CHEST 2018 Perspectives - Episode 12
While precision medicine is gaining momentum across the medical spectrum, its use and application in the field of pulmonology may be especially helpful, such as in airway diseases like asthma, chronic obstructive pulmonary disease (COPD), asthma-COPD overlap (ACO), and emphysema.
Nicola Hanania, MD, MS, director of the Airways Clinical Research Center at Baylor College of Medicine, spoke with MD Magazine® at the 2018 CHEST Annual Meeting in San Antonio, TX,
and described what the landscape of precision medicine looks like in pulmonology, including tools that are needed and the potential benefit they could provide.
MD Mag: What is the landscape of precision medicine in pulmonology?
Hanania: Precision medicine, obviously, is the way to go. It will help us pick the right treatment based on the patient’s genetic, environmental, pharmacogenetic buildup, and the type of disease they have. For many years, we thought asthma and COPD are just, both of which, constitute a one-size-fit-all type of disease, but that’s not the case.
To better understand how 1 drug would work best in 1 patient compared to another, we really need to know mechanisms or endotypes. We are still at the seashore; we don’t have all the tools to do so—tools meaning biomarkers.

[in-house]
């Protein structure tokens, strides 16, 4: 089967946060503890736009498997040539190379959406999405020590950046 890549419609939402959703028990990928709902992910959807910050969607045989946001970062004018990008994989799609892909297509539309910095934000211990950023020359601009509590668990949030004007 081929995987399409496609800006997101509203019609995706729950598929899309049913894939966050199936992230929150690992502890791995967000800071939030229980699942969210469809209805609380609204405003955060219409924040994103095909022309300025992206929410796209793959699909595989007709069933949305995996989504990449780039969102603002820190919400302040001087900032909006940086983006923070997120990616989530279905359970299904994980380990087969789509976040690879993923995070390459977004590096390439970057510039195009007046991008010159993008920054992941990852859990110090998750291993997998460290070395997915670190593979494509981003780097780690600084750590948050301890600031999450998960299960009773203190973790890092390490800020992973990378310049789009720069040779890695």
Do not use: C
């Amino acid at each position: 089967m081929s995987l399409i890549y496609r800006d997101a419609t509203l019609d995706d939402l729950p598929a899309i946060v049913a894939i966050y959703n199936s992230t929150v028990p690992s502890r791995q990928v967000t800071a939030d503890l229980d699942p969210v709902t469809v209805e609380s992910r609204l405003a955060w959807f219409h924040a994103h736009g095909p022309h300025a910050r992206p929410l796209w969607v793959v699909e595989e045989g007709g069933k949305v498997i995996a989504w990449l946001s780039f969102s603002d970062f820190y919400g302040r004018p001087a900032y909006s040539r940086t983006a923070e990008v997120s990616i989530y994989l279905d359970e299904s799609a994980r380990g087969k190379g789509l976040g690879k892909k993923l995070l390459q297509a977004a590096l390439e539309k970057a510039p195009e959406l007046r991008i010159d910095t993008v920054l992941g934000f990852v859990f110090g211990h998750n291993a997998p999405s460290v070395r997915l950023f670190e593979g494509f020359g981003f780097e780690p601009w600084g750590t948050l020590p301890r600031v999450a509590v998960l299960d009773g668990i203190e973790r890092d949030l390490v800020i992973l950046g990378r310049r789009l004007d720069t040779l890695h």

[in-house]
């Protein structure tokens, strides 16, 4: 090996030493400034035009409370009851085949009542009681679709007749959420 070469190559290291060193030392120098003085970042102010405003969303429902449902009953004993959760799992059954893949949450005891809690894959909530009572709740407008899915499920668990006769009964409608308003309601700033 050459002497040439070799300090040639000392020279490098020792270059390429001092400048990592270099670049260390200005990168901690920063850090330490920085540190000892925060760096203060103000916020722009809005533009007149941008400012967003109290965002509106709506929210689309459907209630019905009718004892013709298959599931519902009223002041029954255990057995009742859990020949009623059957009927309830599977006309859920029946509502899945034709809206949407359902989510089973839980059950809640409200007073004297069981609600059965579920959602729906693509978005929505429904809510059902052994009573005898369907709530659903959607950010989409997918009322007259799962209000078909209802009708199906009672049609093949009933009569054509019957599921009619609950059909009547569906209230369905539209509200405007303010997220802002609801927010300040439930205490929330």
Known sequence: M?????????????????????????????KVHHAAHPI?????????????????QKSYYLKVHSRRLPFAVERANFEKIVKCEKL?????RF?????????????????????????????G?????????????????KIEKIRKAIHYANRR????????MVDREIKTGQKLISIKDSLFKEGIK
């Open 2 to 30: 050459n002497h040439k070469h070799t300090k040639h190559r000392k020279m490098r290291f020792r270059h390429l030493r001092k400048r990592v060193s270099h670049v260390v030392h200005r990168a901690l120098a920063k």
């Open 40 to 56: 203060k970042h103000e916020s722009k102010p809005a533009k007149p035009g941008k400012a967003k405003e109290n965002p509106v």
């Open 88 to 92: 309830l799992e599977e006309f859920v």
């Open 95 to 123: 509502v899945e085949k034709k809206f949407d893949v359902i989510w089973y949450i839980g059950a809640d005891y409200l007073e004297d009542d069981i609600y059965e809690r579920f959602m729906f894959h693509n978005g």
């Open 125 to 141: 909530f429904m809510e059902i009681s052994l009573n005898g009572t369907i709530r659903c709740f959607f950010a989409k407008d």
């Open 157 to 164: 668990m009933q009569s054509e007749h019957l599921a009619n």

In asthma, we have few biomarkers that help us—blood eosinophils, sputum eosinophils, exhaled nitric oxide may be a good predictor as a biomarker, and serum IgE can help is identify the allergic phenotype.
In COPD, we actually are much further behind. Currently, maybe blood eosinophils can help us identify those inhaled steroid responders. We have some radiologic biomarkers in COPD. They’re still in the research arena, but they may also help us better identify some patients who may respond best to certain treatments.
The emphysema studies—such as the valve studies—may also help us identify those who are the best responders to this type of treatment as not every emphysema patient will respond.
We’re still a ways before we say we concluded all our work, but this is something we are striving to achieve besides therapies for these patients. We need the tools to develop, and we certainly need the studies to help us reach that goal.
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